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Presentation of NNDSS dataIn the March 2000 issue an additional summary table was introduced. Table 1 presents 'date of notification' data, which is a composite of three components: (i) the true onset date from a clinician, if available, (ii) the date the laboratory test was ordered, or (iii) the date reported to the public health unit. Table 2 presents the crude incidence of diseases by State or Territory for the current reporting month. Table 3 presents data by report date for information only. In Table 3 the report date is the date the public health unit received the report.
Table 1 now includes the following summary columns: total current month 2000 data; the totals for previous month 2000 and corresponding month 1999; a 5-year mean which is calculated using previous, corresponding and following month data for the previous 5 years (Morb Mortal Wkly Rep, 2000:49;139-146); year to date (YTD) figures; the mean for the year to date figures for the previous 5 years; and the ratio of the current month to the mean of the last 5 years.
Highlights for September, 2000Communicable Disease Surveillance Highlights report on data from various sources, including the National Notifiable Diseases Surveillance System (NNDSS) and several disease specific surveillance systems that provide regular reports to Communicable Diseases Intelligence. These national data collections are complemented by intelligence provided by State and Territory communicable disease epidemiologists and/or data managers who have recently formed a Data Management Network. This additional information has enabled the reporting of more informative highlights each month.
The NNDSS is conducted under the auspices of the Communicable Diseases Network Australia New Zealand and the Virology and Serology Laboratory Reporting Scheme (LabVISE) is a sentinel surveillance scheme. In this report, data from the NNDSS are referred to as 'notifications' or 'cases', whereas those from ASPREN are referred to as 'consultations' or 'encounters' while data from the LabVISE scheme are referred to as 'laboratory reports'.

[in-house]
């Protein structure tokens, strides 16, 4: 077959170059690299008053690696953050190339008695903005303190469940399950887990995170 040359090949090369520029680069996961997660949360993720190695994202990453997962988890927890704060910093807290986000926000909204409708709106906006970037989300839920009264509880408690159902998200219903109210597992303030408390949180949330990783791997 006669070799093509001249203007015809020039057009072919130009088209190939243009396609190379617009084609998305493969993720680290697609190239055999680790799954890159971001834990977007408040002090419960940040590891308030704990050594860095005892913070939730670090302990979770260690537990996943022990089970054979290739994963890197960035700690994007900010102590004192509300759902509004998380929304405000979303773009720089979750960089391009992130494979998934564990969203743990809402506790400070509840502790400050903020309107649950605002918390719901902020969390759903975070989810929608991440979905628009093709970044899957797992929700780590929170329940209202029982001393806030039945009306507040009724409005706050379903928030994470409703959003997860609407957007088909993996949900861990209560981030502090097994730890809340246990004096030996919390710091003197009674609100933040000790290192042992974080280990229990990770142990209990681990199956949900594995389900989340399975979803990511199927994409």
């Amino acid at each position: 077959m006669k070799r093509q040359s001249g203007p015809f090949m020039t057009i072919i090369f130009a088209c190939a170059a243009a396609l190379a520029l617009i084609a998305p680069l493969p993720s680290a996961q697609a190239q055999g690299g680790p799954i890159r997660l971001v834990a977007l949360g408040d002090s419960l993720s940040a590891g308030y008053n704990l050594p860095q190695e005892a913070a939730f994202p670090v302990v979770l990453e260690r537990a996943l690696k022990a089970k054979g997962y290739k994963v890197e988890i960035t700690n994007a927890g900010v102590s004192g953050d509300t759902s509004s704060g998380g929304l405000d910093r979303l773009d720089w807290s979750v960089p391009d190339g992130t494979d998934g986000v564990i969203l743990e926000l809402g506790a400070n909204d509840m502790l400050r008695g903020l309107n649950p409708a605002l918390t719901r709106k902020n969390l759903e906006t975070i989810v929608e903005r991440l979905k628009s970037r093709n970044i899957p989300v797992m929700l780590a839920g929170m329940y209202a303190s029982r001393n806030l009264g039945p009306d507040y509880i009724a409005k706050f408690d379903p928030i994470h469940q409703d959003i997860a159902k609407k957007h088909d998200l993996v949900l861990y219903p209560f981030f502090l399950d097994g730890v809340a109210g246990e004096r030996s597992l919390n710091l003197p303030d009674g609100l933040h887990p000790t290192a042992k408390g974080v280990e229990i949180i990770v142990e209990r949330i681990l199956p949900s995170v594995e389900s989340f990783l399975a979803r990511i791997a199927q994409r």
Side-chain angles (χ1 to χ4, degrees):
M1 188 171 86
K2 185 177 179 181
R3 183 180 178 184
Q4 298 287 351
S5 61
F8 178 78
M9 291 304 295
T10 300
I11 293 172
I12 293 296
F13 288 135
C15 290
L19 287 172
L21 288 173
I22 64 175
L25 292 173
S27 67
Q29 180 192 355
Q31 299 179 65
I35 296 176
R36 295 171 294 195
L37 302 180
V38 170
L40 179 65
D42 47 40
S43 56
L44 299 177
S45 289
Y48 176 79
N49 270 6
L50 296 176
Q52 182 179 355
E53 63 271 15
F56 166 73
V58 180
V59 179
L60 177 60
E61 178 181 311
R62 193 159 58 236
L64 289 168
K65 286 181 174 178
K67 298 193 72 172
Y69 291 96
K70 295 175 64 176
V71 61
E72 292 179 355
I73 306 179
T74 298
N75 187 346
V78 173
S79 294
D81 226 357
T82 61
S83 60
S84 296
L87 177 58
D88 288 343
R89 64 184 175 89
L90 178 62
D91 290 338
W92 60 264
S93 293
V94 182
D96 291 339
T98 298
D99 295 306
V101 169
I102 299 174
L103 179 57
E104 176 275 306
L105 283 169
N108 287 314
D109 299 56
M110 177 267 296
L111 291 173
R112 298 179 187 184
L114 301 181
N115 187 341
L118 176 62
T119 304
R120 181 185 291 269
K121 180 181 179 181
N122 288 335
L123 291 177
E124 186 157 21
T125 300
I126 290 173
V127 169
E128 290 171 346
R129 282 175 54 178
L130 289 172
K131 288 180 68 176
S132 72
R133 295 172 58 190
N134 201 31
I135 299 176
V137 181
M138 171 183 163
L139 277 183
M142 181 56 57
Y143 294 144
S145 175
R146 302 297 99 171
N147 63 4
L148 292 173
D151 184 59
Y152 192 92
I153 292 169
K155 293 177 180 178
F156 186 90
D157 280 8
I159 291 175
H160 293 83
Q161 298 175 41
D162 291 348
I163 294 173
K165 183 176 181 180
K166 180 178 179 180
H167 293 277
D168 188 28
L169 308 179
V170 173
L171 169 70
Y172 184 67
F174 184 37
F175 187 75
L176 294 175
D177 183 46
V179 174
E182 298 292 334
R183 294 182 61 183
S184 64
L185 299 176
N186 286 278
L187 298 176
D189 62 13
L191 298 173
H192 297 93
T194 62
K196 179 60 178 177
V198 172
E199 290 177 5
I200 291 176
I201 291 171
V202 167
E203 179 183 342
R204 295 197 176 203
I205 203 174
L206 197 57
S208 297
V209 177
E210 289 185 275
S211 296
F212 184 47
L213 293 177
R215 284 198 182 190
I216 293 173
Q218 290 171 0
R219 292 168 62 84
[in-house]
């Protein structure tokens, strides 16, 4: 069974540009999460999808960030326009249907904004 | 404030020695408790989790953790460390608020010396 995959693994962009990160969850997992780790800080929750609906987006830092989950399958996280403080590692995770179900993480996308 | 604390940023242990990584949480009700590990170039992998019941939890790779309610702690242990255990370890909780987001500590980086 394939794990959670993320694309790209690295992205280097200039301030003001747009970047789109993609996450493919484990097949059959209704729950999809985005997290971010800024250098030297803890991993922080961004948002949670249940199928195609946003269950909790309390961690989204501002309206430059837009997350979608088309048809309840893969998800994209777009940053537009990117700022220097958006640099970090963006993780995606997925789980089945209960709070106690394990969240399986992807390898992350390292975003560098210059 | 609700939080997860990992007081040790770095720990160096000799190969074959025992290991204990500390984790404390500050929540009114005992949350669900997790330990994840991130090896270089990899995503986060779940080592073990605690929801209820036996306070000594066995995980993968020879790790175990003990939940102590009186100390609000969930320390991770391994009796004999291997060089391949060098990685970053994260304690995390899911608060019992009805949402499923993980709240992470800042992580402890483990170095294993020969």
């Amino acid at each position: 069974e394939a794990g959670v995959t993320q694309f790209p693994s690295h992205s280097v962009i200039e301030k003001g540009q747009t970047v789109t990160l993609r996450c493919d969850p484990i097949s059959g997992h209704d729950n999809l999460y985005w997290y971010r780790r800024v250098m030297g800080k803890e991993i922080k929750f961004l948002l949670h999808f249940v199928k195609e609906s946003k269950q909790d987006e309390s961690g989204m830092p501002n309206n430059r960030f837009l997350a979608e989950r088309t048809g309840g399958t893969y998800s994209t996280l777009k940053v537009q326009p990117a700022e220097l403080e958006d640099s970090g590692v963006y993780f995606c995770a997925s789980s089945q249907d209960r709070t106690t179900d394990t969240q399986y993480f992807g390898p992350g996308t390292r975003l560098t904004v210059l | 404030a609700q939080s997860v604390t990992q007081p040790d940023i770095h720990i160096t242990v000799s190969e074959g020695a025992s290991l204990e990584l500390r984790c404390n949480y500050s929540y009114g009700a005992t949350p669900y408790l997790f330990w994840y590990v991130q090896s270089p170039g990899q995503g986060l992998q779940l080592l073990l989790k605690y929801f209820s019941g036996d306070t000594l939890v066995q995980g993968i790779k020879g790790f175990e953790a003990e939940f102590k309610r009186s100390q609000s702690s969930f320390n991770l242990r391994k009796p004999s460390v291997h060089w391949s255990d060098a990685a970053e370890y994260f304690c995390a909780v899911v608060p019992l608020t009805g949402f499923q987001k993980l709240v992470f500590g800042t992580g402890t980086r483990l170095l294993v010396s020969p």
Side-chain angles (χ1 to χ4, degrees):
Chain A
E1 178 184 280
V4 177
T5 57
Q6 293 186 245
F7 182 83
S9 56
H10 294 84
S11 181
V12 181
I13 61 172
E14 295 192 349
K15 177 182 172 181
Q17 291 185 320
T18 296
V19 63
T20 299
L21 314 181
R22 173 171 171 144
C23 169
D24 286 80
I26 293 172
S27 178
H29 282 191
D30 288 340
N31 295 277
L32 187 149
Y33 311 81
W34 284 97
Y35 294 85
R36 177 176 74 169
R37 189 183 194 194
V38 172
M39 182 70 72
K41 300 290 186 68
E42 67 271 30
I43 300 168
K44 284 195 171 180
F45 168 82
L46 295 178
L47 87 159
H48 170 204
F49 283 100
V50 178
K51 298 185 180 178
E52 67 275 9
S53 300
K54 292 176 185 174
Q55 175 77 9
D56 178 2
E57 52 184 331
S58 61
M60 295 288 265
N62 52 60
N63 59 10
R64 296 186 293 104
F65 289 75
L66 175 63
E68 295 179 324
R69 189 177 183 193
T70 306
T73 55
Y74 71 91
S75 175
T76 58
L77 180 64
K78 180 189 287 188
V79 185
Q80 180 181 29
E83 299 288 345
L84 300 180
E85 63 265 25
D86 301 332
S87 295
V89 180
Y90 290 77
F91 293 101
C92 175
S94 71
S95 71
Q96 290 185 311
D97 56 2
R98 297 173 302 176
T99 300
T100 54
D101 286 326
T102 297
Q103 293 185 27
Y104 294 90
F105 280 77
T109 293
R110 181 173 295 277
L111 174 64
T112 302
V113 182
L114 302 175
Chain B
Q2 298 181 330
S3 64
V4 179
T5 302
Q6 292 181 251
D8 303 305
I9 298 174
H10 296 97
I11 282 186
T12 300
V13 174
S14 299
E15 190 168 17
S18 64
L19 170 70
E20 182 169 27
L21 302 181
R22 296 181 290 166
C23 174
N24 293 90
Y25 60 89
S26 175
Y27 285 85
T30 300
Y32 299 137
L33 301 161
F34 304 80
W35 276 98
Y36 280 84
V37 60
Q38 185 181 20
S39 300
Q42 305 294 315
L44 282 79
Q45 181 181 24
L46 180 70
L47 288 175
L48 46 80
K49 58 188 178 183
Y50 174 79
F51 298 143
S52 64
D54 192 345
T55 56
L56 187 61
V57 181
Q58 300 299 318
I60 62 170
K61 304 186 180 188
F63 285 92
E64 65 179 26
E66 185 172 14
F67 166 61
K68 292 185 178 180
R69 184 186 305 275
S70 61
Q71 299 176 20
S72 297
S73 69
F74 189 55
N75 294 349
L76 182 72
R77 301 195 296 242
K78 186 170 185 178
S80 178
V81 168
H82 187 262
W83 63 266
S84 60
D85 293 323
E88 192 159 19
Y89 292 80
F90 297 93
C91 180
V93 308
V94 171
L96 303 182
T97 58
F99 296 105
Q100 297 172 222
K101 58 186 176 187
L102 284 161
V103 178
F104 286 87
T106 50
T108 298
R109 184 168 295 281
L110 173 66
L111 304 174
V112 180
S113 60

Three types of data are included in National Influenza Surveillance, 2000. These are sentinel general practitioner surveillance conducted by the Australian Sentinel Practice Research Network (ASPREN), the Department of Human Services (Victoria), the Department of Health (New South Wales) and the Tropical Influenza Surveillance Scheme, Territory Health Services (Northern Territory); laboratory surveillance data from the Communicable Diseases Intelligence Virology and Serology Laboratory Reporting Scheme (LabVISE); and the World Health Organization Collaborating Centre for Influenza Reference and Research; and absenteeism surveillance conducted by Australia Post. Data from ASPREN are referred to as 'consultations' or 'encounters'. For further information about these schemes, see Commun Dis Intell 2000;24:9-10.
In September 2000 the number of reports of incident hepatitis B (ratio 1.5), chlamydial infection (ratio 1.5), mumps (ratio 1.3) legionellosis (ratio 1.2) and meningococcal infection (ratio 1.5) has increased compared with their 5 year-mean (Figure 9, Table 1).
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Gastrointestinal infectionsThere were 1,334 notifications of gastrointestinal infections. All diseases had fewer reporting numbers this month than for the 5-year mean with the exception of Shiga-like toxin producing Escherichia coli (SLTEC/VTEC) which has only recently become notifiable and is still not notifiable in Queensland or Western Australia.
There were six cases of SLTEC/VTEC infection - all in South Australia. One was in a one-year old child where the family had purchased beef in bulk from a local abattoir, and one was in a 90-year old resident of an aged care facility where no apparent source for the infection was identified.
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Vaccine preventable diseasesAll vaccine preventable diseases except mumps had fewer reports this month than for the 5-year mean. The increase in the notification rate (1.2/100,000 population) for mumps was again due to an increase in Western Australia (3.9/100,000 population).